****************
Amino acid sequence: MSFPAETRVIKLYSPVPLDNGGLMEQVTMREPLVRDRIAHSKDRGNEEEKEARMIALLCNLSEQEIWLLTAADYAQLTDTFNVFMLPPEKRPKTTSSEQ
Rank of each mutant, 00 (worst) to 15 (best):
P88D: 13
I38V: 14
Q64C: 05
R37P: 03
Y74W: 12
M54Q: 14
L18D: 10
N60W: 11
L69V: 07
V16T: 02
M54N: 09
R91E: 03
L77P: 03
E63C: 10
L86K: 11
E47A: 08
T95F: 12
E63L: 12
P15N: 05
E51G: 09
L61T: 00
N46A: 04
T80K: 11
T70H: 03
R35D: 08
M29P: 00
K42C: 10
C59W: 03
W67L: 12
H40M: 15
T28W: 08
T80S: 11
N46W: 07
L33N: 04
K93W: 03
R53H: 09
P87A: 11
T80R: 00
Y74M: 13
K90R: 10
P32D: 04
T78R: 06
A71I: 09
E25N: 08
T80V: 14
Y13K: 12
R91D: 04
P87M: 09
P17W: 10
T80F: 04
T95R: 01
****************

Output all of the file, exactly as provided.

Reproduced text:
Amino acid sequence: MSFPAETRVIKLYSPVPLDNGGLMEQVTMREPLVRDRIAHSKDRGNEEEKEARMIALLCNLSEQEIWLLTAADYAQLTDTFNVFMLPPEKRPKTTSSEQ
Rank of each mutant, 00 (worst) to 15 (best):
P88D: 13
I38V: 14
Q64C: 05
R37P: 03
Y74W: 12
M54Q: 14
L18D: 10
N60W: 11
L69V: 07
V16T: 02
M54N: 09
R91E: 03
L77P: 03
E63C: 10
L86K: 11
E47A: 08
T95F: 12
E63L: 12
P15N: 05
E51G: 09
L61T: 00
N46A: 04
T80K: 11
T70H: 03
R35D: 08
M29P: 00
K42C: 10
C59W: 03
W67L: 12
H40M: 15
T28W: 08
T80S: 11
N46W: 07
L33N: 04
K93W: 03
R53H: 09
P87A: 11
T80R: 00
Y74M: 13
K90R: 10
P32D: 04
T78R: 06
A71I: 09
E25N: 08
T80V: 14
Y13K: 12
R91D: 04
P87M: 09
P17W: 10
T80F: 04
T95R: 01